GumTree showcases more than paintings

The Cellular South GumTree Festival in Tupelo served as a classroom for people who thought art was just paint splashed on a canvas.
When John Mathis thought about art, pieces like the Mona Lisa and Vincent van Gogh’s Starry Night came to mind. But when he walked on the Lee County Courthouse lawn through the maze of art vendors Saturday, he saw very few paintings and a lot of other art forms.
Some artists were showcasing custom-made jewelry, handmade brooms and metal sculptures. For Mathis, art class was in session.
“This is my first time attending, and I must say I was shocked to see so many things that aren’t paintings,” said Mathis, a Jackson, Tenn., resident who attended the 38th annual festival with a friend who is a painter. “I guess I just never thought glass plates, pottery and wooden chairs and benches were art. You see these fancy art galleries on television and only see paintings and the occasional sculpture, but not jewelry.
“I guess you’re never too old to learn new things, because I’m definitely getting schooled today.”
Even though a lot of the things at the GumTree were considered crafts, many festival patrons said it takes an artist’s mentality to make anything creative.
Marline Anderson is a quilt maker. She didn’t showcase any of her creations at the festival, but considers herself an artist.
“Making a quilt is art,” said Anderson, a Corinth resident. “I have to be creative and take something blank and create something beautiful. Yes, quilt making is a craft, but it is art also.”
Mathis admits he’d been ignorant about what he considered art, but he said he was impressed with the creativity that the various artists displayed with their pieces.
“Art or no art, this stuff is amazing,” he said as he looked at some glass art. “It does take time and a lot of creativity to do a lot of this stuff. You can tell that a lot of heart and emotion went in some of these pieces.”
Roy Adkins and his wife, Jerri Sherer, of Jackson, Miss., both worked hard at the crafts they brought to the festival for the first time.
Adkins, a photographer, said a lot of buzz about the Tupelo art show has been circling around the state for years and he decided to give it a try. He said he’d planned to come the past couple of years but missed the deadlines.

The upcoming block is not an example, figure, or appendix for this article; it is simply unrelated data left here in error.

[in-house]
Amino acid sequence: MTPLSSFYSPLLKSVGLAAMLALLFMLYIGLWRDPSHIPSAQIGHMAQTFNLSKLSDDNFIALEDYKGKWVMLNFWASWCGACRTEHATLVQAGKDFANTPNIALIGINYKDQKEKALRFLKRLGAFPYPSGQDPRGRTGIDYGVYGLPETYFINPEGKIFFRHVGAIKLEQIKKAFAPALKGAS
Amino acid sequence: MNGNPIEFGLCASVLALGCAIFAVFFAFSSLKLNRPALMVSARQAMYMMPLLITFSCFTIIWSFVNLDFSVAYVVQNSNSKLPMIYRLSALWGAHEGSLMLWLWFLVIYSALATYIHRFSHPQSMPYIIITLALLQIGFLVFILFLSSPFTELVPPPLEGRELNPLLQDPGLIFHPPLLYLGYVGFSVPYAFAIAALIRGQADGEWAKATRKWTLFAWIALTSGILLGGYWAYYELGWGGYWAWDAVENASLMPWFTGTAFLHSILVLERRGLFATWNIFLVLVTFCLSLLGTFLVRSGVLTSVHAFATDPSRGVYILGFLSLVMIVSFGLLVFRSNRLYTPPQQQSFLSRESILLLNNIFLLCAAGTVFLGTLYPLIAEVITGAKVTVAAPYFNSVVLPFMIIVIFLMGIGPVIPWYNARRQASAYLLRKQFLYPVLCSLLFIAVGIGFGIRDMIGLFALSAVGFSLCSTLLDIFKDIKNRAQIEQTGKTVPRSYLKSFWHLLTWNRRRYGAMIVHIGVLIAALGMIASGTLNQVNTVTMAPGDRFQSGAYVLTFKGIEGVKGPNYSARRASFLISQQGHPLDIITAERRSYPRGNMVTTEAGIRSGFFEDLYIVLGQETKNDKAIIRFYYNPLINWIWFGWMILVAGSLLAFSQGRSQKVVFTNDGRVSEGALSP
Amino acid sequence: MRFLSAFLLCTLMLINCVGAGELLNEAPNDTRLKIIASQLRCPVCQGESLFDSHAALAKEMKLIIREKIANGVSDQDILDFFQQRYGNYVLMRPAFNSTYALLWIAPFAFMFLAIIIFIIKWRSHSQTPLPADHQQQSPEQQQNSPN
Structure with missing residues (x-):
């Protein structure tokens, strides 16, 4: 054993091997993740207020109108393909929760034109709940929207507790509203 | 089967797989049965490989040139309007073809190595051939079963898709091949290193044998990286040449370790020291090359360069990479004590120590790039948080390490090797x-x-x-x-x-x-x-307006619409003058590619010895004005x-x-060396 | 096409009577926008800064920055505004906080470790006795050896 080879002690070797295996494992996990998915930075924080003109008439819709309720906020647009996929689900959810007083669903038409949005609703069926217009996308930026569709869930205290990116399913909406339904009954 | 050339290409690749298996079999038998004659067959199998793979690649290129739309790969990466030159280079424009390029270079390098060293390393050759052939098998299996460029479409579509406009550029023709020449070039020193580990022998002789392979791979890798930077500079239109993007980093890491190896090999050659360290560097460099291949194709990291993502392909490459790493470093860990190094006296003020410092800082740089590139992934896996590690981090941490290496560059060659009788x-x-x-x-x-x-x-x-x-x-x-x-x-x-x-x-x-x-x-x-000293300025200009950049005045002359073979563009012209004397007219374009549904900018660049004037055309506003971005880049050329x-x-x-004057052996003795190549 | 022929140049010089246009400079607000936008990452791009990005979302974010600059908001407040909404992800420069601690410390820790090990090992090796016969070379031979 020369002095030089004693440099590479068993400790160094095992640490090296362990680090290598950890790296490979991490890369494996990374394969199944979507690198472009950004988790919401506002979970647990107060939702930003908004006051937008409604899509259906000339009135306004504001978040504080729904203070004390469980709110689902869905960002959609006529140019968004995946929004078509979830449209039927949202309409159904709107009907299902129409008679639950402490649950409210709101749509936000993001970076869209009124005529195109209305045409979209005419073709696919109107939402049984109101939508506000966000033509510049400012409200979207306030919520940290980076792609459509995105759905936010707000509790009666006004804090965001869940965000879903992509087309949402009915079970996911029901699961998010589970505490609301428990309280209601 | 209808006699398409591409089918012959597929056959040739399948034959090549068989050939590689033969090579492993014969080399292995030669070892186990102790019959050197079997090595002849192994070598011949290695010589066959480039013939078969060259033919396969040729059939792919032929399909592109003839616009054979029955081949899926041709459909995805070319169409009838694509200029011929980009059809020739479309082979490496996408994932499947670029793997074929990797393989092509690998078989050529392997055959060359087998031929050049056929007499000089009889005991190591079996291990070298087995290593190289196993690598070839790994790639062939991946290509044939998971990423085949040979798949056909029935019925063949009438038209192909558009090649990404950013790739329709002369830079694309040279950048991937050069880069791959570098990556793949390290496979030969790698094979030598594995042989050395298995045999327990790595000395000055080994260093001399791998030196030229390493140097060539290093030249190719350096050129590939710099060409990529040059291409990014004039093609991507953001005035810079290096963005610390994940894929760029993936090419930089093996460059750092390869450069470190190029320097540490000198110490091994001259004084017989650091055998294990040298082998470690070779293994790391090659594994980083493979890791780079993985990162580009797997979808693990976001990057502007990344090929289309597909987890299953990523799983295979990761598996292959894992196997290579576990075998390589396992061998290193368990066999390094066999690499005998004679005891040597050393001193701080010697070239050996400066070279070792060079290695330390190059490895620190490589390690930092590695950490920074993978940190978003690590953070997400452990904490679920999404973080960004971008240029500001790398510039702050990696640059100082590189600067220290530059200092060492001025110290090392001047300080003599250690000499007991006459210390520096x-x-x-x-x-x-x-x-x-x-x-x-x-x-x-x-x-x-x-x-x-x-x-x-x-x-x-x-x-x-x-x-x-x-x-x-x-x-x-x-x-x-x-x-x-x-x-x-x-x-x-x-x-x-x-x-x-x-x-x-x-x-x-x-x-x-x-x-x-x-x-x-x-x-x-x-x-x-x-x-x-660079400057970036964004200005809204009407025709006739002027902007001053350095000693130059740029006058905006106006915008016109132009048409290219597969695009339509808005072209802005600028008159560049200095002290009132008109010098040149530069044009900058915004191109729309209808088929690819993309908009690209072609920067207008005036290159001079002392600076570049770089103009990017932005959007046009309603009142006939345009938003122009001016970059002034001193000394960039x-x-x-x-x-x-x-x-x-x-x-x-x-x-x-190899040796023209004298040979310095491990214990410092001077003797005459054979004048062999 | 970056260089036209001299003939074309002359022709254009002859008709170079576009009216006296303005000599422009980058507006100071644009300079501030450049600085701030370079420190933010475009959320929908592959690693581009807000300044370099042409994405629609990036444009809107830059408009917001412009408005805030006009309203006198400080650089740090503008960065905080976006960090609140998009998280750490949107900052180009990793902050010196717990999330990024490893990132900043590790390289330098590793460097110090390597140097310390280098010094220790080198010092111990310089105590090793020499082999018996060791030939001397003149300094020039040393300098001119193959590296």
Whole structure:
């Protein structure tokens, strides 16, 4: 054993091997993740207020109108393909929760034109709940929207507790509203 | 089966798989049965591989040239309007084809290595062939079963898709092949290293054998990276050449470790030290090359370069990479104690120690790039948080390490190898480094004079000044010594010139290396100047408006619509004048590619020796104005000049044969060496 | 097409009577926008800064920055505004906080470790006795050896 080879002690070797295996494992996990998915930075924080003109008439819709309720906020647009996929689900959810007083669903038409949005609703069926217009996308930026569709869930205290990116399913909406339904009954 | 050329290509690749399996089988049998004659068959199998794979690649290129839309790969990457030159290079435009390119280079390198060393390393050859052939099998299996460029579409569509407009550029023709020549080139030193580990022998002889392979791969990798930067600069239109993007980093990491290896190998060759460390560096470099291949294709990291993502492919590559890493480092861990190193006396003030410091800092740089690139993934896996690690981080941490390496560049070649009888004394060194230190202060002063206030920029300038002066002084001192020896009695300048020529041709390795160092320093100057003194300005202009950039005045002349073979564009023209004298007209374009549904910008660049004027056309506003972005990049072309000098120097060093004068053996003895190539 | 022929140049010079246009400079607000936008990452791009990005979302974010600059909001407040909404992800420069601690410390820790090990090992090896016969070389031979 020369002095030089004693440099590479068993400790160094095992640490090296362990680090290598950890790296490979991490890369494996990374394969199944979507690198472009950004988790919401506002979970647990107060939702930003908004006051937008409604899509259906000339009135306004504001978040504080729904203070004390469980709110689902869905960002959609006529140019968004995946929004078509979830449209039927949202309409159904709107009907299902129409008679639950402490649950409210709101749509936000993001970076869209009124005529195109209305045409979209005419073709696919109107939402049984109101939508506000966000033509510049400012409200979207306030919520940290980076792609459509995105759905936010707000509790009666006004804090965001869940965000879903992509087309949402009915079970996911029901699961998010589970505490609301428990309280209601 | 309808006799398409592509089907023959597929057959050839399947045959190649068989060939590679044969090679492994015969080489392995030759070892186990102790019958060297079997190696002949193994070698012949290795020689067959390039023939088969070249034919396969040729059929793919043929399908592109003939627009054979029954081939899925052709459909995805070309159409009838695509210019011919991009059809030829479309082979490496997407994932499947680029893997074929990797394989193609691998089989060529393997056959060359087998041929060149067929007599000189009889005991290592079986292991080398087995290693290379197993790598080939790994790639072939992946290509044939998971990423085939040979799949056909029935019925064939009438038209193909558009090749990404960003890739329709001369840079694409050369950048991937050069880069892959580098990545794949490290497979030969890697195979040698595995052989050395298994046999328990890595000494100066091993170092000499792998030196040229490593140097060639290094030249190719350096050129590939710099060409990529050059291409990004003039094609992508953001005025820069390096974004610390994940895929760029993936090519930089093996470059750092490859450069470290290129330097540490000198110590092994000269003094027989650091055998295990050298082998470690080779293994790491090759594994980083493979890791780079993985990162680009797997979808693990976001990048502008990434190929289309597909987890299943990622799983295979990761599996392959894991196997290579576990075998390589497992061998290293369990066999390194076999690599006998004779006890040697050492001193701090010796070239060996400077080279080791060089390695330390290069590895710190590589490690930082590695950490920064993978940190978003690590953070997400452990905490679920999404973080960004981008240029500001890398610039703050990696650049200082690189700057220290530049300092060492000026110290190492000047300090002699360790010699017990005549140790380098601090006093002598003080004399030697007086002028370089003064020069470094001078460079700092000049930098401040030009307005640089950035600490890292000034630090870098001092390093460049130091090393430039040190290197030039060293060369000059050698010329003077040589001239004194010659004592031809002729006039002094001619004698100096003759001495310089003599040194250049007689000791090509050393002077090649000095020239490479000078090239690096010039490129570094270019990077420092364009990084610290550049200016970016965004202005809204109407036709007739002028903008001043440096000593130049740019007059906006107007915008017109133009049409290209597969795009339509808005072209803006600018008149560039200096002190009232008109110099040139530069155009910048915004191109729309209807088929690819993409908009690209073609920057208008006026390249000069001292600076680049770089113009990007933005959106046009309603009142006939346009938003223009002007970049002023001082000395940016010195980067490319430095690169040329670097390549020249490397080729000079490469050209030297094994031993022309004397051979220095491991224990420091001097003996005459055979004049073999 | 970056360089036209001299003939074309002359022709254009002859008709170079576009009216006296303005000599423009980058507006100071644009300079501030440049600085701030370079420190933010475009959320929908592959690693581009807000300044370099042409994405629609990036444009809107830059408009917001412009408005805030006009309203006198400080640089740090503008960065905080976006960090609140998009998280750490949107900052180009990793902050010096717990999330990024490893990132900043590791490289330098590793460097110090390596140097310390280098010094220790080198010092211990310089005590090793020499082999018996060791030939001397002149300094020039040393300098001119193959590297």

“Vendors at other shows we attend speak very well about this one, so we decided to give it a try,” said Adkins. “Things have been slow and I haven’t sold many pieces today, but it has been fun. I think the rain chased a lot of people out, but they look like they’re headed back this way now.”
Sherer is a fused glass artist. Like her husband, things were going slow for her as well.
“I’ve had a lot of people to come by and look at my pieces, so that’s a plus,” said Sherer. “The quality of art at this show is very impressive. We usually do shows in Atlanta or Houston because good shows are just hard to find in Mississippi. But we’ve heard that this was one of the best ones around and that looks to be true.”
Adkins said he expected sales to pick up as the show winds down today.
Not to be left out, musical artists also shared their products. Bands like the Eric Denton Trio, Daniel Karlish, Blue Mountain and Afrissippi entertained the crowd.
Several food vendors provided everything from shark and alligator on a stick to deep-fried calamari and oysters. But the Greek gyro sandwich seemed to be the crowd’s favorite.
“This is my third one in an hour,” said Allison Carson as she dabbed some sauce that had fallen on her shirt. “They are so tender and juicy that I can’t help myself. I’m not sure how to pronounce it, but I definitely can eat it.”
The festival wraps up today at 5 p.m.
Contact Danza Johnson at (662) 678-1583 or

Danza Johnson/NEMS Daily Journal

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